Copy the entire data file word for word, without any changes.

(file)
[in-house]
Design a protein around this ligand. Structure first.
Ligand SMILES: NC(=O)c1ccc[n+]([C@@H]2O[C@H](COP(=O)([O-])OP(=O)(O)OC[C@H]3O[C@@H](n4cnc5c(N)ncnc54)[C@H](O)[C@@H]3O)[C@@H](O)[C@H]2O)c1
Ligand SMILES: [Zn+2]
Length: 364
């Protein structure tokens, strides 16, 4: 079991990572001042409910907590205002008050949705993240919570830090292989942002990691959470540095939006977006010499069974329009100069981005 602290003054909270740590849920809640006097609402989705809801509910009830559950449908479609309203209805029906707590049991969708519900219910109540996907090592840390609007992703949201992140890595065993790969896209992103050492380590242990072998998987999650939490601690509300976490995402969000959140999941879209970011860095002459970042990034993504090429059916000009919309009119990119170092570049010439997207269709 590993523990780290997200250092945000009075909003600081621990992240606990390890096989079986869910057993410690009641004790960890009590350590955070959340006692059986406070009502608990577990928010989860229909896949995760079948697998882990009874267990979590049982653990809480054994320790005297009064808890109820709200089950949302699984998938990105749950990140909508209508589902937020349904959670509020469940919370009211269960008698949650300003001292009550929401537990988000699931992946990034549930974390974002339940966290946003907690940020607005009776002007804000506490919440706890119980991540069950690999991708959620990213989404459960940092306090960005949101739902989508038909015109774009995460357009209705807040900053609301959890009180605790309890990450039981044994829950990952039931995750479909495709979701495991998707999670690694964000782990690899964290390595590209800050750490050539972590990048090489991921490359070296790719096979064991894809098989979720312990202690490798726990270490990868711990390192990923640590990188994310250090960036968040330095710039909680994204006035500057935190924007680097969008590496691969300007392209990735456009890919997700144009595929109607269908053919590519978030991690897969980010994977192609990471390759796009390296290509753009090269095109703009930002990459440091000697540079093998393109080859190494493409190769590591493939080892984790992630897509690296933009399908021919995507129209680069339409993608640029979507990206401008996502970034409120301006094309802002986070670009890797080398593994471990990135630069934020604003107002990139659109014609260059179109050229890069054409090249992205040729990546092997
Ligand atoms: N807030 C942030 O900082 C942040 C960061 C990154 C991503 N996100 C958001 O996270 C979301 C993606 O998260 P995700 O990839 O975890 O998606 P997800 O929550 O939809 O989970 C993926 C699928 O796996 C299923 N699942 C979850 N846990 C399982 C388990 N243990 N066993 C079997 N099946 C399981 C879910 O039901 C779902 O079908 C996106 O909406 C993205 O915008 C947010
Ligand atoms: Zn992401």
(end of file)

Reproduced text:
[in-house]
Design a protein around this ligand. Structure first.
Ligand SMILES: NC(=O)c1ccc[n+]([C@@H]2O[C@H](COP(=O)([O-])OP(=O)(O)OC[C@H]3O[C@@H](n4cnc5c(N)ncnc54)[C@H](O)[C@@H]3O)[C@@H](O)[C@H]2O)c1
Ligand SMILES: [Zn+2]
Length: 364
């Protein structure tokens, strides 16, 4: 079991990572001042409910907590205002008050949705993240919570830090292989942002990691959470540095939006977006010499069974329009100069981005 602290003054909270740590849920809640006097609402989705809801509910009830559950449908479609309203209805029906707590049991969708519900219910109540996907090592840390609007992703949201992140890595065993790969896209992103050492380590242990072998998987999650939490601690509300976490995402969000959140999941879209970011860095002459970042990034993504090429059916000009919309009119990119170092570049010439997207269709 590993523990780290997200250092945000009075909003600081621990992240606990390890096989079986869910057993410690009641004790960890009590350590955070959340006692059986406070009502608990577990928010989860229909896949995760079948697998882990009874267990979590049982653990809480054994320790005297009064808890109820709200089950949302699984998938990105749950990140909508209508589902937020349904959670509020469940919370009211269960008698949650300003001292009550929401537990988000699931992946990034549930974390974002339940966290946003907690940020607005009776002007804000506490919440706890119980991540069950690999991708959620990213989404459960940092306090960005949101739902989508038909015109774009995460357009209705807040900053609301959890009180605790309890990450039981044994829950990952039931995750479909495709979701495991998707999670690694964000782990690899964290390595590209800050750490050539972590990048090489991921490359070296790719096979064991894809098989979720312990202690490798726990270490990868711990390192990923640590990188994310250090960036968040330095710039909680994204006035500057935190924007680097969008590496691969300007392209990735456009890919997700144009595929109607269908053919590519978030991690897969980010994977192609990471390759796009390296290509753009090269095109703009930002990459440091000697540079093998393109080859190494493409190769590591493939080892984790992630897509690296933009399908021919995507129209680069339409993608640029979507990206401008996502970034409120301006094309802002986070670009890797080398593994471990990135630069934020604003107002990139659109014609260059179109050229890069054409090249992205040729990546092997
Ligand atoms: N807030 C942030 O900082 C942040 C960061 C990154 C991503 N996100 C958001 O996270 C979301 C993606 O998260 P995700 O990839 O975890 O998606 P997800 O929550 O939809 O989970 C993926 C699928 O796996 C299923 N699942 C979850 N846990 C399982 C388990 N243990 N066993 C079997 N099946 C399981 C879910 O039901 C779902 O079908 C996106 O909406 C993205 O915008 C947010
Ligand atoms: Zn992401």